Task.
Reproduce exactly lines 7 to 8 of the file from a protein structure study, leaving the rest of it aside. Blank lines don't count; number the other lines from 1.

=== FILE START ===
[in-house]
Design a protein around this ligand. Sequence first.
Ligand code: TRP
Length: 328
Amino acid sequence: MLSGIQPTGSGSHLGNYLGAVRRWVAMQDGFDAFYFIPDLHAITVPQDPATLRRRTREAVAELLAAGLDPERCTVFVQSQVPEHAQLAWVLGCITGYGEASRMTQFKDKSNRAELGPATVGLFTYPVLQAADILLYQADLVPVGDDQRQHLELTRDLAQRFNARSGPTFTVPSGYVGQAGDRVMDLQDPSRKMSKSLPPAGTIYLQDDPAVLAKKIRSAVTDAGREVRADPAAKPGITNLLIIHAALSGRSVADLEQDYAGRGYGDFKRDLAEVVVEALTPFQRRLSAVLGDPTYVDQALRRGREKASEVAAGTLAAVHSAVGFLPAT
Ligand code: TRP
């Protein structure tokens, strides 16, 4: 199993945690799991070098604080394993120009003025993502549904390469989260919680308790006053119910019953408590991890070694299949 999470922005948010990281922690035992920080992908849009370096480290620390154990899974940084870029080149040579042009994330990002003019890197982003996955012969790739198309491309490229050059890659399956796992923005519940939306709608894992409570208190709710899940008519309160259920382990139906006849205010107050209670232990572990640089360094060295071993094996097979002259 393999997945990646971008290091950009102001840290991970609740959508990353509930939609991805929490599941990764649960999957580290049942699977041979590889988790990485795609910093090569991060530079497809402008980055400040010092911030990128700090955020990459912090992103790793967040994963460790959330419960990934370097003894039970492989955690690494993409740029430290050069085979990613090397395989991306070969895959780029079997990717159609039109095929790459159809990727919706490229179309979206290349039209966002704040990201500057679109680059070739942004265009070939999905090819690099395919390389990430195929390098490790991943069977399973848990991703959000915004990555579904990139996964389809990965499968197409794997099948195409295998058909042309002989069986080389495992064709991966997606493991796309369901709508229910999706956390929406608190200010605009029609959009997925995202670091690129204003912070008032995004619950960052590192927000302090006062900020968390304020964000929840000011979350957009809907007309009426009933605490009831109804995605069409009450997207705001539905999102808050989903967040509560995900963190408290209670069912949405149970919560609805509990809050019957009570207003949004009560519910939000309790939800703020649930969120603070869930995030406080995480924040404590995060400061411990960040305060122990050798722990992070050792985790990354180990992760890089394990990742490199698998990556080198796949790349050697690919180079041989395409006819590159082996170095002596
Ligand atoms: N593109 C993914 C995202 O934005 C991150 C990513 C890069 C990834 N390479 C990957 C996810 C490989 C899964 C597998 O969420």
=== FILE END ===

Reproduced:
């Protein structure tokens, strides 16, 4: 199993945690799991070098604080394993120009003025993502549904390469989260919680308790006053119910019953408590991890070694299949 999470922005948010990281922690035992920080992908849009370096480290620390154990899974940084870029080149040579042009994330990002003019890197982003996955012969790739198309491309490229050059890659399956796992923005519940939306709608894992409570208190709710899940008519309160259920382990139906006849205010107050209670232990572990640089360094060295071993094996097979002259 393999997945990646971008290091950009102001840290991970609740959508990353509930939609991805929490599941990764649960999957580290049942699977041979590889988790990485795609910093090569991060530079497809402008980055400040010092911030990128700090955020990459912090992103790793967040994963460790959330419960990934370097003894039970492989955690690494993409740029430290050069085979990613090397395989991306070969895959780029079997990717159609039109095929790459159809990727919706490229179309979206290349039209966002704040990201500057679109680059070739942004265009070939999905090819690099395919390389990430195929390098490790991943069977399973848990991703959000915004990555579904990139996964389809990965499968197409794997099948195409295998058909042309002989069986080389495992064709991966997606493991796309369901709508229910999706956390929406608190200010605009029609959009997925995202670091690129204003912070008032995004619950960052590192927000302090006062900020968390304020964000929840000011979350957009809907007309009426009933605490009831109804995605069409009450997207705001539905999102808050989903967040509560995900963190408290209670069912949405149970919560609805509990809050019957009570207003949004009560519910939000309790939800703020649930969120603070869930995030406080995480924040404590995060400061411990960040305060122990050798722990992070050792985790990354180990992760890089394990990742490199698998990556080198796949790349050697690919180079041989395409006819590159082996170095002596
Ligand atoms: N593109 C993914 C995202 O934005 C991150 C990513 C890069 C990834 N390479 C990957 C996810 C490989 C899964 C597998 O969420």